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Workplace Accidents Archives

Cheap Drilling Mud = Well Failure, or Worse

In January of 2018, a surge of gas ignited and caused an oilfield fire that killed five men on a drilling rig near Quinton, Oklahoma. A following lawsuit alleged the deadly blowout was preventable: Red Mountain Energy, the owner and operator of the well, used a lighter drilling mud than recommended by experts. Why the cheaper mud? It was chosen to impress investors with cut costs.

Shady Hiring and Training Practices in Drilling

You - standing in fire-retardant overalls with steel-toed boots, gloves, eye protection, a hard hat, and a shovel - listen carefully on your first day as the manager explains your job and watch as some seasoned guys demonstrate: is that training? Not by authoritative standards.

Hard Hat Area: Dangers of the Rig Floor

Welcome to the rig floor, where more oilfield accidents happen than any other location on the drilling rig. Roughnecks on the rig floor are some of the most prone to injury, positioned next to the moving drillstring, using heavy tongs and fast-moving spinning chains, heaving the slips, and working around the rotary table. Here are some of the major hazards roughnecks and floorhands face when on the rig floor.

131 Fraudulent Oilfield Violations this Quarter, according to TX RR Commission

Recent data from the Texas Railroad Commission logs that Texas oil and gas operations received a stunning 131 violations for TNRC 91.143 in Quarter 3 of the 2019 fiscal year. TNRC 91.143 prohibits oil and gas operators from tampering with gauges and from falsifying, simulating, or knowingly inputting incorrect material on applications, reports, and other documents.

The Danger of Catastrophic Well Blowouts

Beneath the crisscrossing latticework of an oil derrick, the threat of catastrophic well failure always looms. Perhaps the most feared of all oilfield accidents is the unanticipated well blowout, which can have catastrophic, deadly consequences.

Caution: Hazardous Haste in the Oilfields

On a 100-degree Texas afternoon, oilfield workers prepare a derrick for normal drilling operation. Few average people consider that they are digging up matter that could someday become neon nail polish, refined jet fuel, or a plastic storage bin. Even fewer average people consider what oilfield workers face when an oilfield accident happens on the rig, resulting in catastrophic injury or even wrongful death.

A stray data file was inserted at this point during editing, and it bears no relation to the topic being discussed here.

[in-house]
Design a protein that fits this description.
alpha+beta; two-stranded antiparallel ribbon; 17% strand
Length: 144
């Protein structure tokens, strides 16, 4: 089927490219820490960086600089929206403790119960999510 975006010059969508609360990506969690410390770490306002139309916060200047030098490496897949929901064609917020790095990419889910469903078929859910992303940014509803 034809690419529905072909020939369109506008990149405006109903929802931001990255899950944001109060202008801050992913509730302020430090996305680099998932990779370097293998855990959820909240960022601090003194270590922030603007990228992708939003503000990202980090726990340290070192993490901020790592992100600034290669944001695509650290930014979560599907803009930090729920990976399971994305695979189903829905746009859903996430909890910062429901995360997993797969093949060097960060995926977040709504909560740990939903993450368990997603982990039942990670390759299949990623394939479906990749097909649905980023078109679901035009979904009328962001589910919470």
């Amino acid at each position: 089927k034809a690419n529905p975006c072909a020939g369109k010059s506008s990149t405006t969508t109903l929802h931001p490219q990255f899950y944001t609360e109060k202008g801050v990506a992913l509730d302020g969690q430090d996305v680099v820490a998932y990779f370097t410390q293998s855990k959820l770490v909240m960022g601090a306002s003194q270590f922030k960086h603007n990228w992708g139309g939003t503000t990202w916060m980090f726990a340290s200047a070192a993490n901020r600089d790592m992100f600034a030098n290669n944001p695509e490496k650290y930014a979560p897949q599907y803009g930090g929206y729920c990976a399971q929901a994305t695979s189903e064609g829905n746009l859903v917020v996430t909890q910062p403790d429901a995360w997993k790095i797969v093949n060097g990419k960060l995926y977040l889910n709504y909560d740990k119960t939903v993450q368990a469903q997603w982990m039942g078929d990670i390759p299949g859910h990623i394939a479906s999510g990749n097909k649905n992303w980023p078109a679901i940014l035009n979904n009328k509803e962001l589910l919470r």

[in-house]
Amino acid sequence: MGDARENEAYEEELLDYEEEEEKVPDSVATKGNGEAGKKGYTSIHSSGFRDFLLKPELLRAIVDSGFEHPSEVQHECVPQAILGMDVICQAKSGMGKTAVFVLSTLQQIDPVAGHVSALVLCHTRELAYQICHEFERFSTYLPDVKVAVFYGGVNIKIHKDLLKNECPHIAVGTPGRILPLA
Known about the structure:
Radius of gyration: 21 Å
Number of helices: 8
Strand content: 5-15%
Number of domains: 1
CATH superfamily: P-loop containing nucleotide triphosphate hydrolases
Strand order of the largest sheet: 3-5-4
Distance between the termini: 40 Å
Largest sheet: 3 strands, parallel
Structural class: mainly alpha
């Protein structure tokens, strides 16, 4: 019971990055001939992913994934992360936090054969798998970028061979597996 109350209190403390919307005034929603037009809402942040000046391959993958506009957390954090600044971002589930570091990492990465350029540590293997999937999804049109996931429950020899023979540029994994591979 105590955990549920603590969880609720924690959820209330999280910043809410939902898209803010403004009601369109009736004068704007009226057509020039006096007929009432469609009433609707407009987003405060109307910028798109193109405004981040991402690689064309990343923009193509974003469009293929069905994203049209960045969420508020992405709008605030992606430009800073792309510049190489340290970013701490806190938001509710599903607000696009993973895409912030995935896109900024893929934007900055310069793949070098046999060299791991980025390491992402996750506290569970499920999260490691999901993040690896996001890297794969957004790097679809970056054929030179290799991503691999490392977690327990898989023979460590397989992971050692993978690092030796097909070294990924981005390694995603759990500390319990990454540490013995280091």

Wheels that Fail: Damaged and Defective Tires

We see them, pass by them, sometimes even dodge them - those frayed rubber tire strips baking on Texas roads and highways. They represent someone's bad day, and, sometimes, they represent someone's last day. In 2017, the National Highway Traffic Safety Administration (NHTSA) recorded over 738 tire-related traffic fatalities. Tire failures, especially violent blowouts, cause thousands of accidents every year, putting even the safest and most vigilant drivers at risk.

Scaffolds most common cause of construction workplace accidents

Workers in the construction industry face a significant number of on-the-job risks, and understandably so. The nature of construction work is dangerous, and hazards such as falling objects, dangerous machinery and more can cause serious harm. This is far from the full extent of hazards, and these types of workplace accidents are dwarfed by a specific type of risk -- scaffold accidents.

Will futuristic wearables prevent workplace accidents?

Every year, thousands of construction workers nationwide, including Texas, seek financial assistance through the workers' compensation systems of their states. They work in a hazardous industry, and workplace accidents are almost par for the course. Now, futuristic wearables for different purposes are being developed to prevent many work-related injuries while also focused on increasing profitability and efficiency.

Texas oilfield accidents: the truth about statistics and settlements

Fatal and injurious oilfield accidents in Texas are all too common. In fact, the oil and gas industry has some of the highest rates of work-related accidents. Big oil companies and lobbies like the American Petroleum Institute (API) dispute the federal statistics, asserting that the industry has low rates of injury compared to other occupations.

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